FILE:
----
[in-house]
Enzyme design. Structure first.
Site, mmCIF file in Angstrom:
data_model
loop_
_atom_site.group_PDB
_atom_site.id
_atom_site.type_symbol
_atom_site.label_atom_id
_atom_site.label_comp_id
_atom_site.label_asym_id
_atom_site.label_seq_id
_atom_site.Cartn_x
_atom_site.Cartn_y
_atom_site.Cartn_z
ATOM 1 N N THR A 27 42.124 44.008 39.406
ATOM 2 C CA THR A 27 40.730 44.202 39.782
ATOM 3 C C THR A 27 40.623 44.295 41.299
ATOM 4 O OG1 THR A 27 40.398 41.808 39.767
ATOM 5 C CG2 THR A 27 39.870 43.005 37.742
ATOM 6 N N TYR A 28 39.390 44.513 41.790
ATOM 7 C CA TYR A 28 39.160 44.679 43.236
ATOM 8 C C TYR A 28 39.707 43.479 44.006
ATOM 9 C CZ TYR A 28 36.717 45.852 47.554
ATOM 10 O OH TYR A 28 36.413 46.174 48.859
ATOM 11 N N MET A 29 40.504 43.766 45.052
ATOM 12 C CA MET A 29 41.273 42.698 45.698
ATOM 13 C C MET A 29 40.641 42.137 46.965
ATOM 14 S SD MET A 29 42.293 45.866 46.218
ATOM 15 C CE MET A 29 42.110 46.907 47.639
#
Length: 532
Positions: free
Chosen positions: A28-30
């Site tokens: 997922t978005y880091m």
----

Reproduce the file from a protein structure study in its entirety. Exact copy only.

[in-house]
Enzyme design. Structure first.
Site, mmCIF file in Angstrom:
data_model
loop_
_atom_site.group_PDB
_atom_site.id
_atom_site.type_symbol
_atom_site.label_atom_id
_atom_site.label_comp_id
_atom_site.label_asym_id
_atom_site.label_seq_id
_atom_site.Cartn_x
_atom_site.Cartn_y
_atom_site.Cartn_z
ATOM 1 N N THR A 27 42.124 44.008 39.406
ATOM 2 C CA THR A 27 40.730 44.202 39.782
ATOM 3 C C THR A 27 40.623 44.295 41.299
ATOM 4 O OG1 THR A 27 40.398 41.808 39.767
ATOM 5 C CG2 THR A 27 39.870 43.005 37.742
ATOM 6 N N TYR A 28 39.390 44.513 41.790
ATOM 7 C CA TYR A 28 39.160 44.679 43.236
ATOM 8 C C TYR A 28 39.707 43.479 44.006
ATOM 9 C CZ TYR A 28 36.717 45.852 47.554
ATOM 10 O OH TYR A 28 36.413 46.174 48.859
ATOM 11 N N MET A 29 40.504 43.766 45.052
ATOM 12 C CA MET A 29 41.273 42.698 45.698
ATOM 13 C C MET A 29 40.641 42.137 46.965
ATOM 14 S SD MET A 29 42.293 45.866 46.218
ATOM 15 C CE MET A 29 42.110 46.907 47.639
#
Length: 532
Positions: free
Chosen positions: A28-30
């Site tokens: 997922t978005y880091m």